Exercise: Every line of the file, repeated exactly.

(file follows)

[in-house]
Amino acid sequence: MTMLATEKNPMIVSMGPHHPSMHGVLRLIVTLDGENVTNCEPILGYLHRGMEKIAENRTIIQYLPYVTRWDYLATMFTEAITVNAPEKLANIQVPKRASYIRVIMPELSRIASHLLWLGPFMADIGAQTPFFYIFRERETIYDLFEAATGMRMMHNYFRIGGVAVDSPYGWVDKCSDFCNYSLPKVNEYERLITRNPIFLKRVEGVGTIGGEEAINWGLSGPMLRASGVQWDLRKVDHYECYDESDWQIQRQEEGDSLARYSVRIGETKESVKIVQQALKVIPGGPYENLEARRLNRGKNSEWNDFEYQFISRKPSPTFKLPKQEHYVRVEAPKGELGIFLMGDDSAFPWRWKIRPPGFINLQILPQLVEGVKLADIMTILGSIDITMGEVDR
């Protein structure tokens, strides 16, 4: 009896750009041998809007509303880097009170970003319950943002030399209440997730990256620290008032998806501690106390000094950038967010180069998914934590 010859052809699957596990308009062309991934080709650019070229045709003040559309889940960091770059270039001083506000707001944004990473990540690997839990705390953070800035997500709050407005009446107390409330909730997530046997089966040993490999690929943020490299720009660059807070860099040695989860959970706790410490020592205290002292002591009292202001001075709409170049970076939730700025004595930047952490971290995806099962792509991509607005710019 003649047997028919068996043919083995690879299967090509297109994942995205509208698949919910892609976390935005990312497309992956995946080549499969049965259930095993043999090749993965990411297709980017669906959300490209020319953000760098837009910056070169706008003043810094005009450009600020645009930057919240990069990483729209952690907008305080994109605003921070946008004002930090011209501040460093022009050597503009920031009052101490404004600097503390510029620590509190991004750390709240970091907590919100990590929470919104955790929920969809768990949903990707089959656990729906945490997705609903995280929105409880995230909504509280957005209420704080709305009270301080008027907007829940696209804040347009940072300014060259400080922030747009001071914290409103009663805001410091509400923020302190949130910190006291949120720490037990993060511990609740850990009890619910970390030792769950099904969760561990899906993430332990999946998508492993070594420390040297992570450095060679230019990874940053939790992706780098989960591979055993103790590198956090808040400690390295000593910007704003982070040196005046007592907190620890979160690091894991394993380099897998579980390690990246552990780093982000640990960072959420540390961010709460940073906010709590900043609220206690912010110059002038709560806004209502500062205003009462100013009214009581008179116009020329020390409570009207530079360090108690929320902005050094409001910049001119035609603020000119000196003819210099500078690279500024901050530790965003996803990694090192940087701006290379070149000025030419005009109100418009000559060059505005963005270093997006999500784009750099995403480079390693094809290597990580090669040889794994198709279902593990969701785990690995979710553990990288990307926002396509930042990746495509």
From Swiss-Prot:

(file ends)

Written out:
[in-house]
Amino acid sequence: MTMLATEKNPMIVSMGPHHPSMHGVLRLIVTLDGENVTNCEPILGYLHRGMEKIAENRTIIQYLPYVTRWDYLATMFTEAITVNAPEKLANIQVPKRASYIRVIMPELSRIASHLLWLGPFMADIGAQTPFFYIFRERETIYDLFEAATGMRMMHNYFRIGGVAVDSPYGWVDKCSDFCNYSLPKVNEYERLITRNPIFLKRVEGVGTIGGEEAINWGLSGPMLRASGVQWDLRKVDHYECYDESDWQIQRQEEGDSLARYSVRIGETKESVKIVQQALKVIPGGPYENLEARRLNRGKNSEWNDFEYQFISRKPSPTFKLPKQEHYVRVEAPKGELGIFLMGDDSAFPWRWKIRPPGFINLQILPQLVEGVKLADIMTILGSIDITMGEVDR
């Protein structure tokens, strides 16, 4: 009896750009041998809007509303880097009170970003319950943002030399209440997730990256620290008032998806501690106390000094950038967010180069998914934590 010859052809699957596990308009062309991934080709650019070229045709003040559309889940960091770059270039001083506000707001944004990473990540690997839990705390953070800035997500709050407005009446107390409330909730997530046997089966040993490999690929943020490299720009660059807070860099040695989860959970706790410490020592205290002292002591009292202001001075709409170049970076939730700025004595930047952490971290995806099962792509991509607005710019 003649047997028919068996043919083995690879299967090509297109994942995205509208698949919910892609976390935005990312497309992956995946080549499969049965259930095993043999090749993965990411297709980017669906959300490209020319953000760098837009910056070169706008003043810094005009450009600020645009930057919240990069990483729209952690907008305080994109605003921070946008004002930090011209501040460093022009050597503009920031009052101490404004600097503390510029620590509190991004750390709240970091907590919100990590929470919104955790929920969809768990949903990707089959656990729906945490997705609903995280929105409880995230909504509280957005209420704080709305009270301080008027907007829940696209804040347009940072300014060259400080922030747009001071914290409103009663805001410091509400923020302190949130910190006291949120720490037990993060511990609740850990009890619910970390030792769950099904969760561990899906993430332990999946998508492993070594420390040297992570450095060679230019990874940053939790992706780098989960591979055993103790590198956090808040400690390295000593910007704003982070040196005046007592907190620890979160690091894991394993380099897998579980390690990246552990780093982000640990960072959420540390961010709460940073906010709590900043609220206690912010110059002038709560806004209502500062205003009462100013009214009581008179116009020329020390409570009207530079360090108690929320902005050094409001910049001119035609603020000119000196003819210099500078690279500024901050530790965003996803990694090192940087701006290379070149000025030419005009109100418009000559060059505005963005270093997006999500784009750099995403480079390693094809290597990580090669040889794994198709279902593990969701785990690995979710553990990288990307926002396509930042990746495509």
From Swiss-Prot: